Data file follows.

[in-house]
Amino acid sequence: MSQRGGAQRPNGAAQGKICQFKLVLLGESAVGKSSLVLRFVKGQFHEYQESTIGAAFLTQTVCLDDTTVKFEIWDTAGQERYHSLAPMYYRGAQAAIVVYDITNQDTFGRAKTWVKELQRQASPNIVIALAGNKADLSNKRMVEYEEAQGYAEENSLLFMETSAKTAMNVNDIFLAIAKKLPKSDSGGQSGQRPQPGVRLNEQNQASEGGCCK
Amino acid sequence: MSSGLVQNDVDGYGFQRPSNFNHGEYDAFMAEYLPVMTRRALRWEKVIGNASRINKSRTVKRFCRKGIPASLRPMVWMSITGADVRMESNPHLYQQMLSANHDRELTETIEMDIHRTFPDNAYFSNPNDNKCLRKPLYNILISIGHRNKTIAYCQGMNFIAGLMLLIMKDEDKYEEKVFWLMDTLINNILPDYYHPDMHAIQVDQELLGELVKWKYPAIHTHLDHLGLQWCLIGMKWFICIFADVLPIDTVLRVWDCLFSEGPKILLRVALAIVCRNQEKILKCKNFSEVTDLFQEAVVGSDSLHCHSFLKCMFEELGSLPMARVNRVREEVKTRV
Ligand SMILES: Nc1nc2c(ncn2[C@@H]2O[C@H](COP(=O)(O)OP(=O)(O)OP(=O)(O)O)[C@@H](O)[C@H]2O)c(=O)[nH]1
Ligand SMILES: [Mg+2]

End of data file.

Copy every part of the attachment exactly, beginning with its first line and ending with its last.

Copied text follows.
[in-house]
Amino acid sequence: MSQRGGAQRPNGAAQGKICQFKLVLLGESAVGKSSLVLRFVKGQFHEYQESTIGAAFLTQTVCLDDTTVKFEIWDTAGQERYHSLAPMYYRGAQAAIVVYDITNQDTFGRAKTWVKELQRQASPNIVIALAGNKADLSNKRMVEYEEAQGYAEENSLLFMETSAKTAMNVNDIFLAIAKKLPKSDSGGQSGQRPQPGVRLNEQNQASEGGCCK
Amino acid sequence: MSSGLVQNDVDGYGFQRPSNFNHGEYDAFMAEYLPVMTRRALRWEKVIGNASRINKSRTVKRFCRKGIPASLRPMVWMSITGADVRMESNPHLYQQMLSANHDRELTETIEMDIHRTFPDNAYFSNPNDNKCLRKPLYNILISIGHRNKTIAYCQGMNFIAGLMLLIMKDEDKYEEKVFWLMDTLINNILPDYYHPDMHAIQVDQELLGELVKWKYPAIHTHLDHLGLQWCLIGMKWFICIFADVLPIDTVLRVWDCLFSEGPKILLRVALAIVCRNQEKILKCKNFSEVTDLFQEAVVGSDSLHCHSFLKCMFEELGSLPMARVNRVREEVKTRV
Ligand SMILES: Nc1nc2c(ncn2[C@@H]2O[C@H](COP(=O)(O)OP(=O)(O)OP(=O)(O)O)[C@@H](O)[C@H]2O)c(=O)[nH]1
Ligand SMILES: [Mg+2]